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In Lifestyle, Parenting, Random Thoughts on
July 22, 2017

How To “Girls Night” As a Mom In Your Late 30’s

I read an article about a study by Currys PC World that found 37 is the magic age when you’re “too old to go clubbing”. I’m turning 37 in November and I’m very sad to admit, I wasn’t too surprised to hear this.

Now, we all know every person is different, and ask any of my friends, I LOVE to dance. It’s always been my stress reliever – going out with friends, letting loose and dancing the night away. These studies are not exact. If you love nothing more than dressing up and hitting the clubs, more power to ya!

I’ve discovered recently I, myself, would much rather stay in and spend quality time with my besties – preferably in our PJs. Here’s how I make “Moms Night In” awesome – a sleepover.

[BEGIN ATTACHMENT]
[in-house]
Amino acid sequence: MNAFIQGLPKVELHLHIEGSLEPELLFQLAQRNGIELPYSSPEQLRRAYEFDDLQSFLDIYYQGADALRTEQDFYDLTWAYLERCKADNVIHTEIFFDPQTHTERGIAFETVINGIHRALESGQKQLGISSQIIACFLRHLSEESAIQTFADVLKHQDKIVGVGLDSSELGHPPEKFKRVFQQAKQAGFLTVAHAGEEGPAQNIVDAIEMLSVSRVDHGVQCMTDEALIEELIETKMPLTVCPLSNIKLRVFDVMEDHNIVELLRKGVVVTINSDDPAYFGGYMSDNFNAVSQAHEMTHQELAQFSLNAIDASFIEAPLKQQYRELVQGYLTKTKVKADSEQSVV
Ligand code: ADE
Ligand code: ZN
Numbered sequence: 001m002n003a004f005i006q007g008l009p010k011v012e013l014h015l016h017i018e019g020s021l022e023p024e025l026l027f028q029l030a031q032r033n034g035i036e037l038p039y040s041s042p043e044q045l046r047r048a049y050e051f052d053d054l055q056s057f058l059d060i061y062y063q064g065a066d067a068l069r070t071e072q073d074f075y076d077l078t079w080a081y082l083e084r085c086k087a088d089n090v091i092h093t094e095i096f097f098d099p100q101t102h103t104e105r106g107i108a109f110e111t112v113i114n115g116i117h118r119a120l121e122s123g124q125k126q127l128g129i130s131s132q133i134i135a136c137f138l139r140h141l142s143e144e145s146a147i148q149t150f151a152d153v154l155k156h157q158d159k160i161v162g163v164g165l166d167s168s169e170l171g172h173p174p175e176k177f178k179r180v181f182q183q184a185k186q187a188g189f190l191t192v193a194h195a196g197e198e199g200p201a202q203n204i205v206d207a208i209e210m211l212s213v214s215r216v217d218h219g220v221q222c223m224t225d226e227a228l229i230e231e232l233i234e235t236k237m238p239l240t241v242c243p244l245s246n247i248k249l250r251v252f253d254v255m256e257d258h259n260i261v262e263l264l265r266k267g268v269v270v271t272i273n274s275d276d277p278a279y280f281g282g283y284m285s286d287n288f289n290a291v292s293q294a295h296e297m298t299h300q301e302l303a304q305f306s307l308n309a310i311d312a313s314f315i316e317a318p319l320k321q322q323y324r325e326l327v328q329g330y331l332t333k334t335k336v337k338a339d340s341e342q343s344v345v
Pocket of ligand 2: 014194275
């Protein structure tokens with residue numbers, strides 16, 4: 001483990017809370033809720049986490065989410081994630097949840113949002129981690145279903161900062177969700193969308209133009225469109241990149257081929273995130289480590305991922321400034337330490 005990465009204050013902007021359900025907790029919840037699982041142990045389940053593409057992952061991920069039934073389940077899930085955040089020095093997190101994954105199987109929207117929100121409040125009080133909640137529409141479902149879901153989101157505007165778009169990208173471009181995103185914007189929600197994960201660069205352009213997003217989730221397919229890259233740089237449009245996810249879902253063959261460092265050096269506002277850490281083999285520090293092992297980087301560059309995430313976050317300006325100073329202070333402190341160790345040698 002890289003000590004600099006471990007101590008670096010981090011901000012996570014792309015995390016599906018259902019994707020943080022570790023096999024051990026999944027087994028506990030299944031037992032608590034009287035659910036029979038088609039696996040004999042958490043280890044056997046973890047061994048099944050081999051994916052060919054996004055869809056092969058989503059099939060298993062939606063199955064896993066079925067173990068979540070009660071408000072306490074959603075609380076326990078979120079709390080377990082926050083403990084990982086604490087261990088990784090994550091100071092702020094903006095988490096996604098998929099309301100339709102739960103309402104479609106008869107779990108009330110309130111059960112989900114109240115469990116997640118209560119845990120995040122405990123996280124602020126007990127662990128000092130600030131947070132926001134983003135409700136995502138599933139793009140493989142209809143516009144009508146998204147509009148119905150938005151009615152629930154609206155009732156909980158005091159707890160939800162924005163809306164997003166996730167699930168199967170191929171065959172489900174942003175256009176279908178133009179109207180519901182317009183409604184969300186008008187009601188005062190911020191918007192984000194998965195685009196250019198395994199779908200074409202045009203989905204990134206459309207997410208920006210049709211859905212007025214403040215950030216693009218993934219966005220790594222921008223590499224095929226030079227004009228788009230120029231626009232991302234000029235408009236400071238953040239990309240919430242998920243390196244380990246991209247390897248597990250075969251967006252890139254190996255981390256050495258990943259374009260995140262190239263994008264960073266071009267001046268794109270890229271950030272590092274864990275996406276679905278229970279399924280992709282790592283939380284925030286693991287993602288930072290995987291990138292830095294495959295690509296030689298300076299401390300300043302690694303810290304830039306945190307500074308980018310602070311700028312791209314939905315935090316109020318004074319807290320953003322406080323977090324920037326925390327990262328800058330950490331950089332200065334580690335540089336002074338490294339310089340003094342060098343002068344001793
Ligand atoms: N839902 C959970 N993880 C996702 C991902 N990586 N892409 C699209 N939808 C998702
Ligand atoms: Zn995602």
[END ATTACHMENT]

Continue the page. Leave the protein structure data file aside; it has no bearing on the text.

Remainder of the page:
1. The Costco Run.  There must be one of these ahead of time so you’re all stocked up. On the list? Wine, maybe some Sangria (cause Costco Sangria is actually really yummy), cheese, chips, cheese to melt on said chips…and more wine.
  2. Decide who is kicking their husband and kids out. That sounded harsh.  One of you can try to convince your husband that taking the kids for sleep overs at grandma and grandpas would be fun, or taking them camping maybe? LOL. Bottom line is, the hosting mom should have as much freedom as the rest of you, no kids to take care of, no Husband to crash the party. This might mean splitting a hotel room, or in my “bestie circle” case, volunteentold-ing the Mom with the hot tub at her house…..
  3. Get dressed….or don’t? This is the easy part. If you’re already wearing your most comfy clothes, you’re ready. And don’t worry about makeup. Give your skin a chance to breathe, your girls love you just as you are – natural. If you’re feeling really ambitious you can pack a next day change of clothes (and swimsuit for the hot tub).
  4. Activities – bring em. Cards Against Humanity is awful, but one of our faves. Others we enjoy are Asshole, Scattergories, and 80’s Trivia. Even Poker is great fun. We also usually pick a movie – which is another great Mom’s Night idea, going to see a movie. OR binge watch the newest and greatest on Netflix.